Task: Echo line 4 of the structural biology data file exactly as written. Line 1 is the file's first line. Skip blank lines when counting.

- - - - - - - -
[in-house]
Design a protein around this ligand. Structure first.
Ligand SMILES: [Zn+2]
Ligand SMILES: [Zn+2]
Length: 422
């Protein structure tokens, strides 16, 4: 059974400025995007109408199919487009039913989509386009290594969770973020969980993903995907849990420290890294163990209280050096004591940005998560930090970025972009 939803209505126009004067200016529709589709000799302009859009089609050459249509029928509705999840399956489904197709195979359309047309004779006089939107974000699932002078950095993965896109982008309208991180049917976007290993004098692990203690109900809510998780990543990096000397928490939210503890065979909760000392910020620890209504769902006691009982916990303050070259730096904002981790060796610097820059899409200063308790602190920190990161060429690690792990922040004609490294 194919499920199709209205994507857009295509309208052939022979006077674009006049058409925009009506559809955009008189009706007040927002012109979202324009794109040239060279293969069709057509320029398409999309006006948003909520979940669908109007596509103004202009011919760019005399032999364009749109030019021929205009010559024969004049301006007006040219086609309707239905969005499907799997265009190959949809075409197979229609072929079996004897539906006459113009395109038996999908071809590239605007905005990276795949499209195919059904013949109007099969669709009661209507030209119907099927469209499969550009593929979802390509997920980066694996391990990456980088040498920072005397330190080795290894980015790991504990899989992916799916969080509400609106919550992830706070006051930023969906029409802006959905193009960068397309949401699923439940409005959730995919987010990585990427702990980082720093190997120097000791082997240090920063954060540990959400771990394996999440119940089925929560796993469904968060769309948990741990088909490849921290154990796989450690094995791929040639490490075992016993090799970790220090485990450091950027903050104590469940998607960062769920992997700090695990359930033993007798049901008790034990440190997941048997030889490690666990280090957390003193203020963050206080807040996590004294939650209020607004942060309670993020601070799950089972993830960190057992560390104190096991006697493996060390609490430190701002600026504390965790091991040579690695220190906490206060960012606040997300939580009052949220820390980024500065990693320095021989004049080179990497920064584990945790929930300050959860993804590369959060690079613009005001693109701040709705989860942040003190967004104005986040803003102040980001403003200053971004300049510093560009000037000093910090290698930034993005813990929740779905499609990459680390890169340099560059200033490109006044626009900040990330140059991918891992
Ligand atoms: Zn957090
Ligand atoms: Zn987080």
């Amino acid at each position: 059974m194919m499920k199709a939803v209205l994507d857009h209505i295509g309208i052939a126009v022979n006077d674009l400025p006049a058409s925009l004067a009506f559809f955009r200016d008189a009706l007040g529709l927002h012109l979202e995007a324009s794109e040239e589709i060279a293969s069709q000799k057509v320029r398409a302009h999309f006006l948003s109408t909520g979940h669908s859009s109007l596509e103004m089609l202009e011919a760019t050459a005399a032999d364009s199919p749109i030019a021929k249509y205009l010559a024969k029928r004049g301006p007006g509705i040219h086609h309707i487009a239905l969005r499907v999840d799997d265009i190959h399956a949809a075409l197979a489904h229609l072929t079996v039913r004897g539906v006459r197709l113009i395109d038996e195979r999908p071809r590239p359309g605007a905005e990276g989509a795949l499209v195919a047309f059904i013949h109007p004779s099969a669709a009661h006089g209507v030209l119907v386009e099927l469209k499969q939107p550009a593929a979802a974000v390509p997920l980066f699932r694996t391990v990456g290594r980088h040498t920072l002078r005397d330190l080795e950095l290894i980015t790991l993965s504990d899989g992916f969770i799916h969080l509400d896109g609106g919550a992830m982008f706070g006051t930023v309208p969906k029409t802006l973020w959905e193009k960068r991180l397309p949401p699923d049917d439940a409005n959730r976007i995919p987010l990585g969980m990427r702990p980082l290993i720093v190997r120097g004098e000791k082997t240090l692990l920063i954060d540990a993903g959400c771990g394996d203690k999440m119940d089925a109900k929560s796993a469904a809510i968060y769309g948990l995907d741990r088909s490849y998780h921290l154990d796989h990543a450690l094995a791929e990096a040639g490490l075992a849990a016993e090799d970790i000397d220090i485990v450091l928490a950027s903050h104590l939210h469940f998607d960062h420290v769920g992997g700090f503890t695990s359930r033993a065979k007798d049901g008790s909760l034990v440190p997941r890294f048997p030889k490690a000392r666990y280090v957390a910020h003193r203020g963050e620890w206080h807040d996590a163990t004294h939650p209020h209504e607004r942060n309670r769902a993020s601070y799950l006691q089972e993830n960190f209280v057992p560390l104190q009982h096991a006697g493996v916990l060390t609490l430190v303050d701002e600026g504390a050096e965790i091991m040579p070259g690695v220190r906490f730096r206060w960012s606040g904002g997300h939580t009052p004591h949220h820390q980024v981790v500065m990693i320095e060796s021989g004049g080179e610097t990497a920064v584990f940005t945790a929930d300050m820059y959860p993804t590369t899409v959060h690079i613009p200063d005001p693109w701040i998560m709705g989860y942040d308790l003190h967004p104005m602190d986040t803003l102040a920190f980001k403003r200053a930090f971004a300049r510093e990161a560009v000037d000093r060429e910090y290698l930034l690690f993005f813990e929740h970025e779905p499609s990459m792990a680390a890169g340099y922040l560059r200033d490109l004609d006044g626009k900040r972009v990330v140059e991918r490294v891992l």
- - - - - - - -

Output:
Ligand SMILES: [Zn+2]